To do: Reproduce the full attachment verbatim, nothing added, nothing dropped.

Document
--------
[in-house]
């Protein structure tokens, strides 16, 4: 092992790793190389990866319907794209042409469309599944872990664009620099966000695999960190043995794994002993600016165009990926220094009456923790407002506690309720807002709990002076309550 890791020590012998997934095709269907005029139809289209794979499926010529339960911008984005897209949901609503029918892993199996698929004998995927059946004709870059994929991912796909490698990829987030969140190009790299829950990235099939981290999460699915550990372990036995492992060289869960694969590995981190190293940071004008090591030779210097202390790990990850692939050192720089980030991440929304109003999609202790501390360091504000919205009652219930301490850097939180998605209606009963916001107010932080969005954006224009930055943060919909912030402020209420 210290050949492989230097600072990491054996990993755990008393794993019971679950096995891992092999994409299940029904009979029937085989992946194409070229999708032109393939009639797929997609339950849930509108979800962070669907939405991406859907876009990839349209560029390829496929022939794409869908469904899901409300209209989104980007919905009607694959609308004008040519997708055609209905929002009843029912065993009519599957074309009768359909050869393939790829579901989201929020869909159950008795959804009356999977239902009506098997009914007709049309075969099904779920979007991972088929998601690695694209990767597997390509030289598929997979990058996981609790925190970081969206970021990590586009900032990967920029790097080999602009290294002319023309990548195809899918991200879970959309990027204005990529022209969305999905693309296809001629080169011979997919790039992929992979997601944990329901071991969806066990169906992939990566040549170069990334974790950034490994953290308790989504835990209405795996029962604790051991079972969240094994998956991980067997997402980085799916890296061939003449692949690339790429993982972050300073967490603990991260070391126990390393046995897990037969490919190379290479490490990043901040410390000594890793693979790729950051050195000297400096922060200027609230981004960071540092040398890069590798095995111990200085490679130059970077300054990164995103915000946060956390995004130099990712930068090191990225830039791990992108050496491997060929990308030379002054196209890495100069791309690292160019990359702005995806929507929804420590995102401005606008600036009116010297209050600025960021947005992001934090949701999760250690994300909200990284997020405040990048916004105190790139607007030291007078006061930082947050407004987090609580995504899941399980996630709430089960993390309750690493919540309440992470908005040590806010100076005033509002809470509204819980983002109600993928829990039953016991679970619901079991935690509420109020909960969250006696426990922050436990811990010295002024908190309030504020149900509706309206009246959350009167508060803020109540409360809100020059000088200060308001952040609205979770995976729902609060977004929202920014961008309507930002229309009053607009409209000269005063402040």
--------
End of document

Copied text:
[in-house]
């Protein structure tokens, strides 16, 4: 092992790793190389990866319907794209042409469309599944872990664009620099966000695999960190043995794994002993600016165009990926220094009456923790407002506690309720807002709990002076309550 890791020590012998997934095709269907005029139809289209794979499926010529339960911008984005897209949901609503029918892993199996698929004998995927059946004709870059994929991912796909490698990829987030969140190009790299829950990235099939981290999460699915550990372990036995492992060289869960694969590995981190190293940071004008090591030779210097202390790990990850692939050192720089980030991440929304109003999609202790501390360091504000919205009652219930301490850097939180998605209606009963916001107010932080969005954006224009930055943060919909912030402020209420 210290050949492989230097600072990491054996990993755990008393794993019971679950096995891992092999994409299940029904009979029937085989992946194409070229999708032109393939009639797929997609339950849930509108979800962070669907939405991406859907876009990839349209560029390829496929022939794409869908469904899901409300209209989104980007919905009607694959609308004008040519997708055609209905929002009843029912065993009519599957074309009768359909050869393939790829579901989201929020869909159950008795959804009356999977239902009506098997009914007709049309075969099904779920979007991972088929998601690695694209990767597997390509030289598929997979990058996981609790925190970081969206970021990590586009900032990967920029790097080999602009290294002319023309990548195809899918991200879970959309990027204005990529022209969305999905693309296809001629080169011979997919790039992929992979997601944990329901071991969806066990169906992939990566040549170069990334974790950034490994953290308790989504835990209405795996029962604790051991079972969240094994998956991980067997997402980085799916890296061939003449692949690339790429993982972050300073967490603990991260070391126990390393046995897990037969490919190379290479490490990043901040410390000594890793693979790729950051050195000297400096922060200027609230981004960071540092040398890069590798095995111990200085490679130059970077300054990164995103915000946060956390995004130099990712930068090191990225830039791990992108050496491997060929990308030379002054196209890495100069791309690292160019990359702005995806929507929804420590995102401005606008600036009116010297209050600025960021947005992001934090949701999760250690994300909200990284997020405040990048916004105190790139607007030291007078006061930082947050407004987090609580995504899941399980996630709430089960993390309750690493919540309440992470908005040590806010100076005033509002809470509204819980983002109600993928829990039953016991679970619901079991935690509420109020909960969250006696426990922050436990811990010295002024908190309030504020149900509706309206009246959350009167508060803020109540409360809100020059000088200060308001952040609205979770995976729902609060977004929202920014961008309507930002229309009053607009409209000269005063402040």